Hyderabad: A group of Indian medical researchers has come out with a model that would use the body energy to recharge life-saving medical implants like pacemakers, defibrillators, and neurotransmitters for as long as 30 years.
At present pacemakers and defibrillators use batteries that need to be replaced at regular intervals through painful surgical procedures. The average life of these batteries is five to eight years. Pacemakers and defibrillators are implanted in people with severe heart problems, while neurotransmitters are used in Parkinson's patients.
The model devised by researchers at the department of biomedical engineering, Deenbandhu Chottu Ram University of Science and Technology, Haryana, utilises the body energy by converting it into electrical power to recharge the batteries in the medical implants for almost 30 years.
The research was carried out by Dr Dinesh Bhatia and his team.
According to Dr Bhatia, some of the power sources in the body are the heartbeat, blood flow inside the vessels, movement of the body parts, and the body temperature. Different types of sensors can be used for sensing the energy from the heartbeat. Later, this mechanical energy can be converted into electricity. For sensing the blood flow energy, nanogenerators driven by ultrasonic waves can be used to directly convert the hydraulic energy in human body to electrical energy.
"For the biothermal device to work, it needs a 2°C temperature difference across it. But there are many parts of the body, where a temperature difference of 5°C exists, typically in the few millimetres just below the skin, where it is planned to place this device," he pointed out.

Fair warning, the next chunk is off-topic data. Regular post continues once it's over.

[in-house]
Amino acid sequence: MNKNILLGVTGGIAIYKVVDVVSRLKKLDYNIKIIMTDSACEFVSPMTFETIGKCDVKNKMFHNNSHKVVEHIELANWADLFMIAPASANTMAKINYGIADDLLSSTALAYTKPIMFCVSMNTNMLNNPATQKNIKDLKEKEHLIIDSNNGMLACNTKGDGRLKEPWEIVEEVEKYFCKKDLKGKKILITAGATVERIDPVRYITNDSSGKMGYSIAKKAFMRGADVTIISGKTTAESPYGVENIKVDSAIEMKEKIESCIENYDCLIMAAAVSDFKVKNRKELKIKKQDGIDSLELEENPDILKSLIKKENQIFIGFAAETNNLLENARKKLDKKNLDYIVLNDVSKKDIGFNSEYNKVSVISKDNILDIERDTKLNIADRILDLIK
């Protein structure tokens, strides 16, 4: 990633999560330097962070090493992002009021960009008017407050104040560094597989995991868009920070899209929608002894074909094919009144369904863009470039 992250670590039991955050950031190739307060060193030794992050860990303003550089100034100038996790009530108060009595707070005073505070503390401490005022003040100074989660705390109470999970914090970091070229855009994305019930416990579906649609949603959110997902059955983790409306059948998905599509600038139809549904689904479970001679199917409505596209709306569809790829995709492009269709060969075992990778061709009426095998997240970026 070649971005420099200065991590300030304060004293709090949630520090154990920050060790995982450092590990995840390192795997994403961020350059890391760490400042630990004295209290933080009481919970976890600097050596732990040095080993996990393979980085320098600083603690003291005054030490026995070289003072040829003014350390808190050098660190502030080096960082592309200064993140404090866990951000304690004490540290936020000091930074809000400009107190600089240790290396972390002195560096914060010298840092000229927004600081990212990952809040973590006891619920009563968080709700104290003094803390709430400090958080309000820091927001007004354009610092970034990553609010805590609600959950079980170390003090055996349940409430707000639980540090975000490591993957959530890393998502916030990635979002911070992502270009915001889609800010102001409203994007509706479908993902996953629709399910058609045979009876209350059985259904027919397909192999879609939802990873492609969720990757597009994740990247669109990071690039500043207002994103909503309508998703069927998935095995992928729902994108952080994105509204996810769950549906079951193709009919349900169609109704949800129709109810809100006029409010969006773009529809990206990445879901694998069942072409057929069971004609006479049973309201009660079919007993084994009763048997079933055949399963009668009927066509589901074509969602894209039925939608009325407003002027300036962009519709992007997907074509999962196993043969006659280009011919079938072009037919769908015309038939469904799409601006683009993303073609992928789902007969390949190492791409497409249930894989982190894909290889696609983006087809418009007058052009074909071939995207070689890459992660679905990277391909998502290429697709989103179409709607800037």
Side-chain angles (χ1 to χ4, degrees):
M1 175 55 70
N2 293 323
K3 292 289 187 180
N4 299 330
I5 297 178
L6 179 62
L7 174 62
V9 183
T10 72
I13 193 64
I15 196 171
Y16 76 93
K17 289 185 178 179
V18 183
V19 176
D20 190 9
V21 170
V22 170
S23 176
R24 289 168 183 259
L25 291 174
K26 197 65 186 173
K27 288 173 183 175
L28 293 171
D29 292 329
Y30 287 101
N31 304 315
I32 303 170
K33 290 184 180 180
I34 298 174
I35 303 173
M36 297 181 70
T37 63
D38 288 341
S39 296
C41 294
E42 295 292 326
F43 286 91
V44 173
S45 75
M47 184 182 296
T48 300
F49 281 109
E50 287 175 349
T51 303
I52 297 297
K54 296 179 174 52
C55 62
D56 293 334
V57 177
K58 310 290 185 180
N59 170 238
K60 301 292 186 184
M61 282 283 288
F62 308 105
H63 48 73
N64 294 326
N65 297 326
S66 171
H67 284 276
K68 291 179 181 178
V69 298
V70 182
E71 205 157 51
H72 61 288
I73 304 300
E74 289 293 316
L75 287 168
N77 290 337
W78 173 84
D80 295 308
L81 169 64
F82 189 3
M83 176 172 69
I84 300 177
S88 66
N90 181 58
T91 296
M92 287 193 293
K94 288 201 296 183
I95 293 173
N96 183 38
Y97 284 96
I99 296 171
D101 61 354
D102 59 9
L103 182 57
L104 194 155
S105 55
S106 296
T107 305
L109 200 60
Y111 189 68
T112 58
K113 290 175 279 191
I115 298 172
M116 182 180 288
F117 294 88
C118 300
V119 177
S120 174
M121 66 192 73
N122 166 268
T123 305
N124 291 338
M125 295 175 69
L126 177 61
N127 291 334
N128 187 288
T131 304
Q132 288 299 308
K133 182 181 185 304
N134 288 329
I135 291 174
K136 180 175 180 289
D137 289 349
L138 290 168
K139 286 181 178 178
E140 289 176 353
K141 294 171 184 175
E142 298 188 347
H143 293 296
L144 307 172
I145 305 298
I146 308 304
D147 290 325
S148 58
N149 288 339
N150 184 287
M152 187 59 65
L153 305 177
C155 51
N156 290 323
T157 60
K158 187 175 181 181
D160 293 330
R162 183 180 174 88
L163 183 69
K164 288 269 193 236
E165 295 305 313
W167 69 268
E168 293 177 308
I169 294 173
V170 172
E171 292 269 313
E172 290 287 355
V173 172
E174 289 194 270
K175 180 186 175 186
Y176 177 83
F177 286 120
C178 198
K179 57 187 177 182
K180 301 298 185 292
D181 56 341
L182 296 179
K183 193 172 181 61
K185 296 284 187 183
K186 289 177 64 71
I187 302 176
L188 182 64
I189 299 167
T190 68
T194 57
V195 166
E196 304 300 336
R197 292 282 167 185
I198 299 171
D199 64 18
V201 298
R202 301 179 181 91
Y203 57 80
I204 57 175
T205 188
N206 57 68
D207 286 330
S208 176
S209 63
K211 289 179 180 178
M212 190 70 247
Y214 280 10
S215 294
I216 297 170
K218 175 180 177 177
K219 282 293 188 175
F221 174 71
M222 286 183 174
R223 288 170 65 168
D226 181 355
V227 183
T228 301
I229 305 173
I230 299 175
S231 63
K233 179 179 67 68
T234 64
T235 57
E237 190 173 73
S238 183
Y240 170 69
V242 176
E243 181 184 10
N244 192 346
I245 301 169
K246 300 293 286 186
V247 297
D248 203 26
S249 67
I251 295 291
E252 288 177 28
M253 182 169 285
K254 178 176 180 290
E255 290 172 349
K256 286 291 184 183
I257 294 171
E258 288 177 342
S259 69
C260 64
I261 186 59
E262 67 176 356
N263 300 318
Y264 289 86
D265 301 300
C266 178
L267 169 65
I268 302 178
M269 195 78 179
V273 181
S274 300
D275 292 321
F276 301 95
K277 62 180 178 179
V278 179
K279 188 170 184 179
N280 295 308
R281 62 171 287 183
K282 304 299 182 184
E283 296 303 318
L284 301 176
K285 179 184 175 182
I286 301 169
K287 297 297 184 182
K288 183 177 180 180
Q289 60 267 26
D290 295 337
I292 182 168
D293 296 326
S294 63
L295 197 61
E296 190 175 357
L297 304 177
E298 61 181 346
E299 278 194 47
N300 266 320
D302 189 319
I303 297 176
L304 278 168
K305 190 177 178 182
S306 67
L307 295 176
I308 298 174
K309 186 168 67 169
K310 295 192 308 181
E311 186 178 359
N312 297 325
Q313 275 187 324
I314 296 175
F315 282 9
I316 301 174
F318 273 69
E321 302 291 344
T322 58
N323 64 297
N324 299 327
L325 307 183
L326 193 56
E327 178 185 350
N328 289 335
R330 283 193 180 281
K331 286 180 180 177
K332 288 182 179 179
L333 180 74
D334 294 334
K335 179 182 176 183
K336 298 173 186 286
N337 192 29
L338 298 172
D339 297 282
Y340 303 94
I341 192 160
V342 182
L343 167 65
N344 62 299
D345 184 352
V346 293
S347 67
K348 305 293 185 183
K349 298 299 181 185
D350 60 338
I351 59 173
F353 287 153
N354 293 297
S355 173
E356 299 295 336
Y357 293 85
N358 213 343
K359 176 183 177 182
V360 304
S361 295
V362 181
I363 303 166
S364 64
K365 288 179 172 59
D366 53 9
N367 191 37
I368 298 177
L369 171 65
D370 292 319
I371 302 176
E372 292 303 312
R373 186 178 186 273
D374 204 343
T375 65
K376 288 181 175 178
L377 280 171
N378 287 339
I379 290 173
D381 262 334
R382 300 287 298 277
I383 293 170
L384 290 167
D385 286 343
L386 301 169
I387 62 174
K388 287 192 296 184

The body power can be used to 'trickle charge' batteries for medium-power devices like defibrillators, or to directly power low energy devices, such as pacemakers. These power systems have the potential to run for as long as 30 years, five times more than the presently available batteries.
The team is also doing research on a thermoelectric module that requires about 4000 elements on a small surface area of six centimetres by two centimetres.
"With the advent of nanotechnology revolution, the ability to put thousands of these small semiconductor nodes that convert heat to electricity in the small space, similar to the size of one or two postage stamps, has become feasible. The rechargeable battery can be implanted in the skin, where temperature differences of up to 5°C exist. This device may then be employed to power pacemakers as well as other devices, such as the tiny neurotransmitters that are implanted in the brain for treatment of Parkinson's disease," Dr Bhatia observed.